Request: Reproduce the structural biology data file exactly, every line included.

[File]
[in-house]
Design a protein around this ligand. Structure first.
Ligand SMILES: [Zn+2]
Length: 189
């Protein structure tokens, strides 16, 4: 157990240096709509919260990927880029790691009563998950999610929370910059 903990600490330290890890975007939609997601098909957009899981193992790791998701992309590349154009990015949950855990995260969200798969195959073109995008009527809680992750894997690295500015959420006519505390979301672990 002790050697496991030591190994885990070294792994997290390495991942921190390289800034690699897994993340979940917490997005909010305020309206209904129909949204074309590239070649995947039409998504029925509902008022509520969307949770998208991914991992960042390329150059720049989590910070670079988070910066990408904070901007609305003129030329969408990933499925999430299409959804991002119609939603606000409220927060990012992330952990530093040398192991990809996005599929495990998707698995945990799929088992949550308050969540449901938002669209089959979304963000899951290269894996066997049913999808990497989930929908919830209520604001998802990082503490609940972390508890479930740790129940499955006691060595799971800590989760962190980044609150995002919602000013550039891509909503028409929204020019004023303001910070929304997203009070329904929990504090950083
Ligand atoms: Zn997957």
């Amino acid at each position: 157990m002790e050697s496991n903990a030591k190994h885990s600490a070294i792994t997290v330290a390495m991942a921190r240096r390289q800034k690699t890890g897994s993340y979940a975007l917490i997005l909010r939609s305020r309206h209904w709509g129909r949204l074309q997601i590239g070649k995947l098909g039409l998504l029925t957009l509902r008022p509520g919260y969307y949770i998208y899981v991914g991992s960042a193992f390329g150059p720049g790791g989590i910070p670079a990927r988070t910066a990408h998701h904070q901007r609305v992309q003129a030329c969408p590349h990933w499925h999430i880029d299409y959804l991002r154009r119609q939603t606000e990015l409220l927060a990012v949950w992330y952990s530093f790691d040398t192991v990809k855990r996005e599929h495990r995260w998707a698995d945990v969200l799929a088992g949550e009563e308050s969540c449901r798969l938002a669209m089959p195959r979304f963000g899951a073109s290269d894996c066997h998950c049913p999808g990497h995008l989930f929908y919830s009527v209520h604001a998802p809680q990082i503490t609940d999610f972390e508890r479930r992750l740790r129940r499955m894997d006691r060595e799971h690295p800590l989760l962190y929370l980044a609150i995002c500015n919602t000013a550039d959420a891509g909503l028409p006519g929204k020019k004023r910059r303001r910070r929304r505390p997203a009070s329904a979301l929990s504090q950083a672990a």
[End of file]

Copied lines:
[in-house]
Design a protein around this ligand. Structure first.
Ligand SMILES: [Zn+2]
Length: 189
């Protein structure tokens, strides 16, 4: 157990240096709509919260990927880029790691009563998950999610929370910059 903990600490330290890890975007939609997601098909957009899981193992790791998701992309590349154009990015949950855990995260969200798969195959073109995008009527809680992750894997690295500015959420006519505390979301672990 002790050697496991030591190994885990070294792994997290390495991942921190390289800034690699897994993340979940917490997005909010305020309206209904129909949204074309590239070649995947039409998504029925509902008022509520969307949770998208991914991992960042390329150059720049989590910070670079988070910066990408904070901007609305003129030329969408990933499925999430299409959804991002119609939603606000409220927060990012992330952990530093040398192991990809996005599929495990998707698995945990799929088992949550308050969540449901938002669209089959979304963000899951290269894996066997049913999808990497989930929908919830209520604001998802990082503490609940972390508890479930740790129940499955006691060595799971800590989760962190980044609150995002919602000013550039891509909503028409929204020019004023303001910070929304997203009070329904929990504090950083
Ligand atoms: Zn997957």
């Amino acid at each position: 157990m002790e050697s496991n903990a030591k190994h885990s600490a070294i792994t997290v330290a390495m991942a921190r240096r390289q800034k690699t890890g897994s993340y979940a975007l917490i997005l909010r939609s305020r309206h209904w709509g129909r949204l074309q997601i590239g070649k995947l098909g039409l998504l029925t957009l509902r008022p509520g919260y969307y949770i998208y899981v991914g991992s960042a193992f390329g150059p720049g790791g989590i910070p670079a990927r988070t910066a990408h998701h904070q901007r609305v992309q003129a030329c969408p590349h990933w499925h999430i880029d299409y959804l991002r154009r119609q939603t606000e990015l409220l927060a990012v949950w992330y952990s530093f790691d040398t192991v990809k855990r996005e599929h495990r995260w998707a698995d945990v969200l799929a088992g949550e009563e308050s969540c449901r798969l938002a669209m089959p195959r979304f963000g899951a073109s290269d894996c066997h998950c049913p999808g990497h995008l989930f929908y919830s009527v209520h604001a998802p809680q990082i503490t609940d999610f972390e508890r479930r992750l740790r129940r499955m894997d006691r060595e799971h690295p800590l989760l962190y929370l980044a609150i995002c500015n919602t000013a550039d959420a891509g909503l028409p006519g929204k020019k004023r910059r303001r910070r929304r505390p997203a009070s329904a979301l929990s504090q950083a672990a």